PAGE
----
10 thoughts on “Using Quicken 2011 for Trust Accounting

  1. Thank you very much for this article and instructions Beverly. It has saved me quite a few hours and many a furrowed brow.

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  3. Beverly, I am a lawyer in Birmingham, AL and I appreciate the information that you have shared about using Quicken for trust accounting. I wanted to follow up with you to inquire as to whether your firm used this trust accounting solution in conjunction with using Quicken to manage its own books and, if so, see if you have any advice. For the longest time, I was using excel and then I wanted to use quicken since I already had it for my personal finances but I am having some trouble setting things up. Any advice you can give would be greatly appreciated!

  4. Thank you for this information. As a new solo, I am also trying to use Quicken to manage my books as well as trust accounting, but am having difficulties setting up transfers and still getting proper reports. Any advice would be much appreciated. Thanks.

  5. I am setting up QuickBooks for an attorney who has been using Quicken. I have set up the operating account, but the client (atty) wants to keep the IOLTA Client Trust on his Quicken and I want to get the BS from his 2012 1120S entered into QB. i do not want to recreate all the YTD transactions, but I thought I could have the balances for the 12/31/12 and the balance of IOLTA Clients accounts TYD at July 31 and enter August transactions. How can the CPA prepare the 1120S tax return when all is not in one file? IOLTA in Quicken and Operating in QB. I never had this happen before. ANY suggestions. I am about to suggest he contract another bookkeeper/accountant.

    • Hi Cathy,
      I can understand your frustration. Not sure why he wants to use QuickBooks for his operating account and Quicken for his Trust Account – seems like this would lead to extra work. For example, client has funds in a retainer account tracked in Quicken with disbursements and deposits recorded there on the client’s behalf. Separately, those transactions must be folded into QuickBooks so they appear on the actual client bill and get credited or debited from the client’s account receivable account. Whew!
      Regarding the year-to-date IOLTA client balances – do you mean you wish to take those balances from QuickBooks and start tracking them in Quicken? If so, I would enter them into Quicken as a deposit for each particular client and go forward from there. For example, Clients A, B, and C have July 31 trust balances of $200, $300, and $500 respectively. Enter an August 1 deposit for Client A in the amount of $200, a $300 deposit on August 1 for Client B, and a $500 deposit on August 1 for Client C. In Quicken, client trust funds are tracked and identified by using the “Class” feature – each client is a class and you enter the Class whenever you post a transaction – OR funds are “tagged.” The “Class” feature appears in older versions of Quicken; the tag list approach is used in newer versions of Quicken. If every transaction is tagged (or the proper class used) then Reports can be generated showing all client trust activity or a particular client’s trust activity. I would have to know which version of Quicken the lawyer is using. I can then send you the instructions for setting up a lawyer trust account in Quicken. Make sense?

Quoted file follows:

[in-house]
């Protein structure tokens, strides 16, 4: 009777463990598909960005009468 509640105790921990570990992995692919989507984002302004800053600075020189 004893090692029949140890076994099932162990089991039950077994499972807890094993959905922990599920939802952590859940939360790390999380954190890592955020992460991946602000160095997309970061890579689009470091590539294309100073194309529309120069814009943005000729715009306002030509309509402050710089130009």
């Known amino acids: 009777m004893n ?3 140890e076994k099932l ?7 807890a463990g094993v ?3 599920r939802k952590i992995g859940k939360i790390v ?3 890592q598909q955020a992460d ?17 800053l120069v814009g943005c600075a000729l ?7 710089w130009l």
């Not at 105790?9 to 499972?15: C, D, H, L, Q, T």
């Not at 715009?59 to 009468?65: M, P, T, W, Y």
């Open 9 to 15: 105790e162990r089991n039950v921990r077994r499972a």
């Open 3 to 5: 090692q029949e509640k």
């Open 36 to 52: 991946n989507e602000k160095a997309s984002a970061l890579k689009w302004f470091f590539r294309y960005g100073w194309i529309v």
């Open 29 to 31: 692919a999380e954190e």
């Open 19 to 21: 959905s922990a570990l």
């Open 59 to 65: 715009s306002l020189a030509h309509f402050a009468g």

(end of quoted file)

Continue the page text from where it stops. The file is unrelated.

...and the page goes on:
6. Beverly, thank you for such a complete and detailed set of instructions!
    I am a bookkeeper for an attorney that wants to migrate from Excel to QuickBooks and I’m trying to talk him into a simple Quicken conversion instead.
    Any up-to-date information on using Quicken for IOLTA and Law-Firm-Business accounting would be appreciated.

    • Hi Vince,
      I continue to believe Quicken is a straightforward, simple solution for trust accounting.

      It doesn’t require a sophisticated understanding of a complex program (QuickBooks); It is almost impossible to screw up (anyone can grasp setting up client matters in a tag list and tagging transactions); Best of all it is cheap.

      There are two bonafide reasons to get QuickBooks: you need it to do payroll and you’re willing to compromise to get an “okay” billing program. If the lawyer for whom you work does not need either of these functions, QuickBooks would be a waste of money.

      I am aware that many CPAs encourage clients to get QuickBooks because they know it. However, not many lawyers are also CPAs. 😉. What good does it do to buy software you don’t understand?

      I also hear the argument that Quicken cannot replicate true debit/credit double-entry bookkeeping. This is true, but how many lawyers (especially solos) pay attention to anything other than cash-based accounting?

      In many instances, Quicken is the better choice. I would far rather have a lawyer buy a simple, easy-to-use program I know they will stick with.

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